Ginger

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@gingerw

@ellerbracke I have personally experienced prejudice due to gender/body size/tattoos. To me I look at it as a challenge to hope to show to those people that I am not what they perceive. As to homeless: my brother-in-law is homeless, and has been for well over 20 years. He has been offered a hand up several times, but does not want to follow restrictions like giving up alcohol or drugs. He had a sometimes-job but the company moved, and he refused any assistance. He receives SSI and meal-cards. Several people have suggested to my husband that he should take his brother in, but we know that would not end well, nor would my BIL be happy. He lives sometimes in the riverbed, sometimes in an industrial park. He is not a criminal in the classic sense, but it's criminal the way he let his life go. Just my two cents….
Ginger

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@gingerw
You've provided a very thoughtful and interesting perspective, Ginger. I appreciate your insight into the human condition and the differences we all experience.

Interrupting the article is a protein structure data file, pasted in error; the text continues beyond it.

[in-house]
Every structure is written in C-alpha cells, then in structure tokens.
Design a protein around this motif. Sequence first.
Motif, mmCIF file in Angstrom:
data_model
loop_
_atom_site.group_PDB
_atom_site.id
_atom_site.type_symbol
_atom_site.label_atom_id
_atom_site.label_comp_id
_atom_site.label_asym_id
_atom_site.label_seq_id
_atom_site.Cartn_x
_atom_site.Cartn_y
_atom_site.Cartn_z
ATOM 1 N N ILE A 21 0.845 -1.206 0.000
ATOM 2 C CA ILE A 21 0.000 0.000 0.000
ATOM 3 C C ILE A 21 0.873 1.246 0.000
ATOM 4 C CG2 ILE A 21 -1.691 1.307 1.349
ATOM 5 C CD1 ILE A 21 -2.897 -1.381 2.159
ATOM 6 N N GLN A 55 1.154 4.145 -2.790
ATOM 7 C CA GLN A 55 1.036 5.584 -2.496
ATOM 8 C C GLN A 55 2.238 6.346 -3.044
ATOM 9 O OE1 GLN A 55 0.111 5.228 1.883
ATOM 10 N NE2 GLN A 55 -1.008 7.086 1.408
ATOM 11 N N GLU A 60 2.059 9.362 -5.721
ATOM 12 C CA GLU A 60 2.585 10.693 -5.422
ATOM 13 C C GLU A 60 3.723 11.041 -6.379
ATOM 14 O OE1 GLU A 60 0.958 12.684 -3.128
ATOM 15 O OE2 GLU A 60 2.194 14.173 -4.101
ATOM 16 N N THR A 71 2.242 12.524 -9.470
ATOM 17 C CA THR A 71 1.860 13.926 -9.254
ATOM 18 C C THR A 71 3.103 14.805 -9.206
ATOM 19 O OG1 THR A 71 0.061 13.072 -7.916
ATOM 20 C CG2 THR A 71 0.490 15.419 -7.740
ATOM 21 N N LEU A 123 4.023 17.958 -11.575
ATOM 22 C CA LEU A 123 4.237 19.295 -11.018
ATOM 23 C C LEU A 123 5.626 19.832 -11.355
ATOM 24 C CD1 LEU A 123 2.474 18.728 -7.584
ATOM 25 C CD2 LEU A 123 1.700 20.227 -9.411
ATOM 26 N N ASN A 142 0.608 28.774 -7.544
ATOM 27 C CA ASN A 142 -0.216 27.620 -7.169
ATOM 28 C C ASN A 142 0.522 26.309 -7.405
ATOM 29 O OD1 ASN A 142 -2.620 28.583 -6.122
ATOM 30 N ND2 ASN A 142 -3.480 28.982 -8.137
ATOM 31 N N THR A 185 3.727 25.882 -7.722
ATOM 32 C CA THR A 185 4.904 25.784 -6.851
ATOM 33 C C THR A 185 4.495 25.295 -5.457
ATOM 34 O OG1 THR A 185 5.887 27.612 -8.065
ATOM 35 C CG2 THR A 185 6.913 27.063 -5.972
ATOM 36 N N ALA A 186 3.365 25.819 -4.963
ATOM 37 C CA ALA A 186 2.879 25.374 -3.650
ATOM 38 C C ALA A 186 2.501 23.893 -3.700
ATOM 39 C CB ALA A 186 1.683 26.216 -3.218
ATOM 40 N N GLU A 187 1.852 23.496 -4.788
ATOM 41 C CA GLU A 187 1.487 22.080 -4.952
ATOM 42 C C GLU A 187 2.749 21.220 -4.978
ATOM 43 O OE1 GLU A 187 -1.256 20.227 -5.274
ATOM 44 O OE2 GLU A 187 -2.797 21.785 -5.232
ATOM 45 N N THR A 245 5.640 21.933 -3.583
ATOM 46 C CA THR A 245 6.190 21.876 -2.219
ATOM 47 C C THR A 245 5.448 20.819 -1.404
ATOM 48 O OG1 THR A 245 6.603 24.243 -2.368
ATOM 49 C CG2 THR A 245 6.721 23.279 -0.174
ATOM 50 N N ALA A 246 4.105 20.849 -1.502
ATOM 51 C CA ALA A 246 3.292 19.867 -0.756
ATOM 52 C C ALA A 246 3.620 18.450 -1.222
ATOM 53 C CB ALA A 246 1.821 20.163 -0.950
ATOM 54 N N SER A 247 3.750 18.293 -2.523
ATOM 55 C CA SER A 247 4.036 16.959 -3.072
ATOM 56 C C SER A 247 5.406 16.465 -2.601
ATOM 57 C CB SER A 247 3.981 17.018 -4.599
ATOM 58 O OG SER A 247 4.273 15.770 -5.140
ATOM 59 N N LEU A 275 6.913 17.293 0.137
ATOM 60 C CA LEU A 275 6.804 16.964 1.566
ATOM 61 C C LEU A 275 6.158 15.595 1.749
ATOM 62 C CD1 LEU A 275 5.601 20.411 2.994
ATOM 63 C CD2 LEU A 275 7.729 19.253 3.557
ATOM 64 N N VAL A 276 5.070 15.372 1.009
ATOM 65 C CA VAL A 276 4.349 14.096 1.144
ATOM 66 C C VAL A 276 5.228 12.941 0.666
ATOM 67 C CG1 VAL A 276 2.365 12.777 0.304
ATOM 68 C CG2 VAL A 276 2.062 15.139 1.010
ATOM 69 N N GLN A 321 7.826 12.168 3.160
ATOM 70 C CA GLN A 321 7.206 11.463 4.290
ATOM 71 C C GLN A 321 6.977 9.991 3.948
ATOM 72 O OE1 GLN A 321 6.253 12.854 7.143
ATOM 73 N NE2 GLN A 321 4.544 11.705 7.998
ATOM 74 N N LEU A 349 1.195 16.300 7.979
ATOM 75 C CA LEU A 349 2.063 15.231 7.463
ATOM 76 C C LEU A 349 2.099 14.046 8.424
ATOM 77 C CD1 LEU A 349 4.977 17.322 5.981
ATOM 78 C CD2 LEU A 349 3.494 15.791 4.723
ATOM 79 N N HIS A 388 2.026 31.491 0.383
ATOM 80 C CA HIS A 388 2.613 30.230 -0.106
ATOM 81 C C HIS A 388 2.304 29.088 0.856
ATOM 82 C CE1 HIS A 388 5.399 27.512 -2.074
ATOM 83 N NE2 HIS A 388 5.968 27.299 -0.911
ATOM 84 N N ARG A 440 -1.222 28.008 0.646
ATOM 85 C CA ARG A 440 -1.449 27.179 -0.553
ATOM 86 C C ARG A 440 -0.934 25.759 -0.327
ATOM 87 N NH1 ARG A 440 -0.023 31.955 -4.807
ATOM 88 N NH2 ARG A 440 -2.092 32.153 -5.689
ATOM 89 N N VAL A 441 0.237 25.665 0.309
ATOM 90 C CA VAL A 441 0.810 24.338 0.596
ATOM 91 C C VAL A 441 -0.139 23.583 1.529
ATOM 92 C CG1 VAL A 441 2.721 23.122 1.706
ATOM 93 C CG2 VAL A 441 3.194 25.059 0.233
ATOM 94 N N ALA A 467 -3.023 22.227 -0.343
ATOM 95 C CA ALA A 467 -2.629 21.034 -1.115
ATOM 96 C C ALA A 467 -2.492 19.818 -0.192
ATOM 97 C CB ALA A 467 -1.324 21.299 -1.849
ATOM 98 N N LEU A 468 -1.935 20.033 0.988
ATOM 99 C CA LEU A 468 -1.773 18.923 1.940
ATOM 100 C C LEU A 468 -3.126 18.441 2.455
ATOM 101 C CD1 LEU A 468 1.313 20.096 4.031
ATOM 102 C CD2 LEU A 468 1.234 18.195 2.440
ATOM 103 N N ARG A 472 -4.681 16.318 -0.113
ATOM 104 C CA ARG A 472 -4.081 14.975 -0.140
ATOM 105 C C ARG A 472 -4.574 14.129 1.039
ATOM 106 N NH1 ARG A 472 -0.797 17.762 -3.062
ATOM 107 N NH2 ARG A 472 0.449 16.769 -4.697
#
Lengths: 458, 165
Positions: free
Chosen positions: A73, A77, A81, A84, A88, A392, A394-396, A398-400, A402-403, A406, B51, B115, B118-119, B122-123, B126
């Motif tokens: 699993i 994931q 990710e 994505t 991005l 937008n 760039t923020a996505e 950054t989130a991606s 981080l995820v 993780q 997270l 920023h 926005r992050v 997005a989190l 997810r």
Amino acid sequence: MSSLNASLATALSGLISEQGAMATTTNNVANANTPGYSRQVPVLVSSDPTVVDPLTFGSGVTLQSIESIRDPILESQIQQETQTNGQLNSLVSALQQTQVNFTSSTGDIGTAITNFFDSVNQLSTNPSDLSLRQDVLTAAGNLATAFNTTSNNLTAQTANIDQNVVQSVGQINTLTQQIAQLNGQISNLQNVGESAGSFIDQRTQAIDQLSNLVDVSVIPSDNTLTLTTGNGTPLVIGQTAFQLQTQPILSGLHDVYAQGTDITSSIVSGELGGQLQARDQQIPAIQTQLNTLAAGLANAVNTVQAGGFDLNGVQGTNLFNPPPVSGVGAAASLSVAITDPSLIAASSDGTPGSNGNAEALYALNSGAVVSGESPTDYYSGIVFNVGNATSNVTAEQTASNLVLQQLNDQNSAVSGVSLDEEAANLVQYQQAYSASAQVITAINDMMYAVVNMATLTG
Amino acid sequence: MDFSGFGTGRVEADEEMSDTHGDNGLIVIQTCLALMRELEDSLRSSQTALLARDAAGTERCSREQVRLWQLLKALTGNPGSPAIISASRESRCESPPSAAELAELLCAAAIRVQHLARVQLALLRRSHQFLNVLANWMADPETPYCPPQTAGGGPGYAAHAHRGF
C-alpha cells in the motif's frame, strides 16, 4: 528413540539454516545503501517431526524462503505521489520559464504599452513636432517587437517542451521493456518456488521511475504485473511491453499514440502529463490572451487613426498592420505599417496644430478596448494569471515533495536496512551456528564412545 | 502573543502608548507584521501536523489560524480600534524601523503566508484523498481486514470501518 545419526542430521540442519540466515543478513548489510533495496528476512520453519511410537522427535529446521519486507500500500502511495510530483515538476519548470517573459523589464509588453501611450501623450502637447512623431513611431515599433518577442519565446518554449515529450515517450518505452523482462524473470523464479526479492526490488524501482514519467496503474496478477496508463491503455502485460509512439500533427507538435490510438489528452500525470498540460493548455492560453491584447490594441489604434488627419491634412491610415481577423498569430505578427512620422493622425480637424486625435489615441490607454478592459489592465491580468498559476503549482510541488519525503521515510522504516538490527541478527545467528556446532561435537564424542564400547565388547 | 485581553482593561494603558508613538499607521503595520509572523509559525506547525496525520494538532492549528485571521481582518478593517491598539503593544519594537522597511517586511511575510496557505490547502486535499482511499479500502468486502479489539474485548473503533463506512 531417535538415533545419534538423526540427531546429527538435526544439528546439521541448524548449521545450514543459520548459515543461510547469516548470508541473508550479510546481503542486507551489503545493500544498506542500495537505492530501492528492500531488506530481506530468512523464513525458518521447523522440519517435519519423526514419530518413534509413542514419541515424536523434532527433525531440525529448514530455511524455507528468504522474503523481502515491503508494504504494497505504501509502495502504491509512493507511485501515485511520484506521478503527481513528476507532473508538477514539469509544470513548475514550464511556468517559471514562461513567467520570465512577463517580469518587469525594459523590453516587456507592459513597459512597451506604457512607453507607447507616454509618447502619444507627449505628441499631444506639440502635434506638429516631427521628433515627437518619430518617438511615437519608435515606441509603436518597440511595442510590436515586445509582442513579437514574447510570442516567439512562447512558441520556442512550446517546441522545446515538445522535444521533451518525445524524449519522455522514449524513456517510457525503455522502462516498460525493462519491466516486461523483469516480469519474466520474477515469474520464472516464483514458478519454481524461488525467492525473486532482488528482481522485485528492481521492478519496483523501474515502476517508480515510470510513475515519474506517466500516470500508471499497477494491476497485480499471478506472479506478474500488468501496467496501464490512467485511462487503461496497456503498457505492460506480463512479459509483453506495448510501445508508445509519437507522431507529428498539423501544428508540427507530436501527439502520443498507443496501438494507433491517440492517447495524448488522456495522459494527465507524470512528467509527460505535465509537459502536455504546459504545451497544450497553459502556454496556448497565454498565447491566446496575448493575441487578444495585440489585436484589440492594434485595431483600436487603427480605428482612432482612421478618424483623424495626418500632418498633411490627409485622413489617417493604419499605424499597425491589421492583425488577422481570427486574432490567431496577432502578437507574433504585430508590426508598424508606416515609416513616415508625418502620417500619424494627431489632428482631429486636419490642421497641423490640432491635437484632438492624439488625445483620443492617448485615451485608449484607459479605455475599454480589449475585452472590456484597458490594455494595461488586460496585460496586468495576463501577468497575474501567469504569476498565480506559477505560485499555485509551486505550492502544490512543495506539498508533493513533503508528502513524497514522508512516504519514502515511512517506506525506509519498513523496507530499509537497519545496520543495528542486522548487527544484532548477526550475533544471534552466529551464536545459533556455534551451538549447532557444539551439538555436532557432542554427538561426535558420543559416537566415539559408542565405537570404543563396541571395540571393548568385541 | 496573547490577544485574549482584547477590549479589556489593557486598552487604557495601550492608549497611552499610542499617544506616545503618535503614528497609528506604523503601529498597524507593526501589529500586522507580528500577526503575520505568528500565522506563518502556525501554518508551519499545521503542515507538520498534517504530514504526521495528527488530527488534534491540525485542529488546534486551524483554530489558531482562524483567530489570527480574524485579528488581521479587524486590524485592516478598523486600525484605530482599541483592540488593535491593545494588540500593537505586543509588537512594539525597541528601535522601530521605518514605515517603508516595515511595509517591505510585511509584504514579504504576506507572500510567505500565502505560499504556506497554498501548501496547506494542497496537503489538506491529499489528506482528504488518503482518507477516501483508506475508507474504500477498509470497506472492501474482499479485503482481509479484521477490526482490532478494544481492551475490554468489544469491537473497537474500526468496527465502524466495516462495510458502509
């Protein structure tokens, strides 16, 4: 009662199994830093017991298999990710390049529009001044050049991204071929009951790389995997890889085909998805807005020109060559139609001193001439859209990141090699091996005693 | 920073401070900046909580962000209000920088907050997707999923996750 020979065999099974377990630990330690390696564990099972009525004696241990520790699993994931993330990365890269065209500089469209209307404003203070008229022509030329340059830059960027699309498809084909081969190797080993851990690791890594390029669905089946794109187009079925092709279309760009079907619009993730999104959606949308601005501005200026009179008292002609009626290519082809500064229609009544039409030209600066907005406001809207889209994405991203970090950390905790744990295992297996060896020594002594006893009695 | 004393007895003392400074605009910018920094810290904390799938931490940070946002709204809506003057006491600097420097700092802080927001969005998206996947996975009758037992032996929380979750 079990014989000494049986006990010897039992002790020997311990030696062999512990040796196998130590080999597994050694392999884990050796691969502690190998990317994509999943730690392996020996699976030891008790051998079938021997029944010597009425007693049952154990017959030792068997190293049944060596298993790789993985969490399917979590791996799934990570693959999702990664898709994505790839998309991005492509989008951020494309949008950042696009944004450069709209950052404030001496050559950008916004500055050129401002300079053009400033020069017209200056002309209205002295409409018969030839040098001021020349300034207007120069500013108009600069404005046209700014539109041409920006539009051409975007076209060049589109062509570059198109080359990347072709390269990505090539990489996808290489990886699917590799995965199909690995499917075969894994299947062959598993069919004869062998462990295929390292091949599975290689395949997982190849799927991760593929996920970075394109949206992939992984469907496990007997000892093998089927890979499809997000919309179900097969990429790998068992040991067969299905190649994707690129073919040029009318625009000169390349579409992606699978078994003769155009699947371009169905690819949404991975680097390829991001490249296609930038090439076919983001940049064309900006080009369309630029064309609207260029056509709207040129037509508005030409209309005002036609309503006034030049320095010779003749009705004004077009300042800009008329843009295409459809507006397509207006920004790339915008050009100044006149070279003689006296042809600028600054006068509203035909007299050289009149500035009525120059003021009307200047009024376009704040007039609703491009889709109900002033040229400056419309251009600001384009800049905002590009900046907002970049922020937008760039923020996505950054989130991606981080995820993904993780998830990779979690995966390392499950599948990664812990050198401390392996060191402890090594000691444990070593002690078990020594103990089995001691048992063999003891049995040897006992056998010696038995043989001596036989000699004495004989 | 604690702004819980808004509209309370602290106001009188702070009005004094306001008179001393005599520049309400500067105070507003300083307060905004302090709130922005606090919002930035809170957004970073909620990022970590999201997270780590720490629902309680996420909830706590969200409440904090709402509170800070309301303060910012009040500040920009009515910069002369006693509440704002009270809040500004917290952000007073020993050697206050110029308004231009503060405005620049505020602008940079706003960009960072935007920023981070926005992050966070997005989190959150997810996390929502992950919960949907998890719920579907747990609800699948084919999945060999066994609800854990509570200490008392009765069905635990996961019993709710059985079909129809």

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@gingerw

@ellerbracke I have personally experienced prejudice due to gender/body size/tattoos. To me I look at it as a challenge to hope to show to those people that I am not what they perceive. As to homeless: my brother-in-law is homeless, and has been for well over 20 years. He has been offered a hand up several times, but does not want to follow restrictions like giving up alcohol or drugs. He had a sometimes-job but the company moved, and he refused any assistance. He receives SSI and meal-cards. Several people have suggested to my husband that he should take his brother in, but we know that would not end well, nor would my BIL be happy. He lives sometimes in the riverbed, sometimes in an industrial park. He is not a criminal in the classic sense, but it's criminal the way he let his life go. Just my two cents….